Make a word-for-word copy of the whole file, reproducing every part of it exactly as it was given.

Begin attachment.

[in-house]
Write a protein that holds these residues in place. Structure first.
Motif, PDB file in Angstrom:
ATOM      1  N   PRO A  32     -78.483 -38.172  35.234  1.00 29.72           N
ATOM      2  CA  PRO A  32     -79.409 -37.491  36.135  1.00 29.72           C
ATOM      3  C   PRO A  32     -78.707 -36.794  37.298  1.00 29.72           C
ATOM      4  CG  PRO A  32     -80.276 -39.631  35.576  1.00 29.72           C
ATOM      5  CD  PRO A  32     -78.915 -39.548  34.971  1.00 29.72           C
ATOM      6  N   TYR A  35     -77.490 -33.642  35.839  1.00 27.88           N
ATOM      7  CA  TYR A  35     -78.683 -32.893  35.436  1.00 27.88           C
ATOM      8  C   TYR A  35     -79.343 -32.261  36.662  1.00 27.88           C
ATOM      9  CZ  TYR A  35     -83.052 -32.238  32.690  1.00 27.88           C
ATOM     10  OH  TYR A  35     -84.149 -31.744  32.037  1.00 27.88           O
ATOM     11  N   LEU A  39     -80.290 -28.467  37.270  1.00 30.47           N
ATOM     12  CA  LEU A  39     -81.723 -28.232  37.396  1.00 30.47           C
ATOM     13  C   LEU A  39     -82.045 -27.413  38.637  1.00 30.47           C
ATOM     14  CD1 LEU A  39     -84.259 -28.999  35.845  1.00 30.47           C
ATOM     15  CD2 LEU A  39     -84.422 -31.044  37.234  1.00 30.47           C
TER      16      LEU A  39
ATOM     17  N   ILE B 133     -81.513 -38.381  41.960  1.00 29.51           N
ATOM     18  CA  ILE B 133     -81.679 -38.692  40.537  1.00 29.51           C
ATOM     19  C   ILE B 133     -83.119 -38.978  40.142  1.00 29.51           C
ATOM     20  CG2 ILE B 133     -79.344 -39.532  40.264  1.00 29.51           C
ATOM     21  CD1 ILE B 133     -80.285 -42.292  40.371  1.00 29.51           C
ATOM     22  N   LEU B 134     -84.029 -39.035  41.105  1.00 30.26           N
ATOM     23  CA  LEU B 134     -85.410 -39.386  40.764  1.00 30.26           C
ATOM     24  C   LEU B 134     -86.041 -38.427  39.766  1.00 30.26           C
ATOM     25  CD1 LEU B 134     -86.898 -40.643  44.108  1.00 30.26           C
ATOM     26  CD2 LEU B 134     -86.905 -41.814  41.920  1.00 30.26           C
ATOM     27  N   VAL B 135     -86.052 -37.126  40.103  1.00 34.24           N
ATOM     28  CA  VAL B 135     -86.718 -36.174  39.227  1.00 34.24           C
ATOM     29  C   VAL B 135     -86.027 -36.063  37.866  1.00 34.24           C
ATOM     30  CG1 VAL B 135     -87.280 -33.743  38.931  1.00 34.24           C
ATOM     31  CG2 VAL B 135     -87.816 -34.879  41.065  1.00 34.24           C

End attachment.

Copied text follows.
[in-house]
Write a protein that holds these residues in place. Structure first.
Motif, PDB file in Angstrom:
ATOM      1  N   PRO A  32     -78.483 -38.172  35.234  1.00 29.72           N
ATOM      2  CA  PRO A  32     -79.409 -37.491  36.135  1.00 29.72           C
ATOM      3  C   PRO A  32     -78.707 -36.794  37.298  1.00 29.72           C
ATOM      4  CG  PRO A  32     -80.276 -39.631  35.576  1.00 29.72           C
ATOM      5  CD  PRO A  32     -78.915 -39.548  34.971  1.00 29.72           C
ATOM      6  N   TYR A  35     -77.490 -33.642  35.839  1.00 27.88           N
ATOM      7  CA  TYR A  35     -78.683 -32.893  35.436  1.00 27.88           C
ATOM      8  C   TYR A  35     -79.343 -32.261  36.662  1.00 27.88           C
ATOM      9  CZ  TYR A  35     -83.052 -32.238  32.690  1.00 27.88           C
ATOM     10  OH  TYR A  35     -84.149 -31.744  32.037  1.00 27.88           O
ATOM     11  N   LEU A  39     -80.290 -28.467  37.270  1.00 30.47           N
ATOM     12  CA  LEU A  39     -81.723 -28.232  37.396  1.00 30.47           C
ATOM     13  C   LEU A  39     -82.045 -27.413  38.637  1.00 30.47           C
ATOM     14  CD1 LEU A  39     -84.259 -28.999  35.845  1.00 30.47           C
ATOM     15  CD2 LEU A  39     -84.422 -31.044  37.234  1.00 30.47           C
TER      16      LEU A  39
ATOM     17  N   ILE B 133     -81.513 -38.381  41.960  1.00 29.51           N
ATOM     18  CA  ILE B 133     -81.679 -38.692  40.537  1.00 29.51           C
ATOM     19  C   ILE B 133     -83.119 -38.978  40.142  1.00 29.51           C
ATOM     20  CG2 ILE B 133     -79.344 -39.532  40.264  1.00 29.51           C
ATOM     21  CD1 ILE B 133     -80.285 -42.292  40.371  1.00 29.51           C
ATOM     22  N   LEU B 134     -84.029 -39.035  41.105  1.00 30.26           N
ATOM     23  CA  LEU B 134     -85.410 -39.386  40.764  1.00 30.26           C
ATOM     24  C   LEU B 134     -86.041 -38.427  39.766  1.00 30.26           C
ATOM     25  CD1 LEU B 134     -86.898 -40.643  44.108  1.00 30.26           C
ATOM     26  CD2 LEU B 134     -86.905 -41.814  41.920  1.00 30.26           C
ATOM     27  N   VAL B 135     -86.052 -37.126  40.103  1.00 34.24           N
ATOM     28  CA  VAL B 135     -86.718 -36.174  39.227  1.00 34.24           C
ATOM     29  C   VAL B 135     -86.027 -36.063  37.866  1.00 34.24           C
ATOM     30  CG1 VAL B 135     -87.280 -33.743  38.931  1.00 34.24           C
ATOM     31  CG2 VAL B 135     -87.816 -34.879  41.065  1.00 34.24           C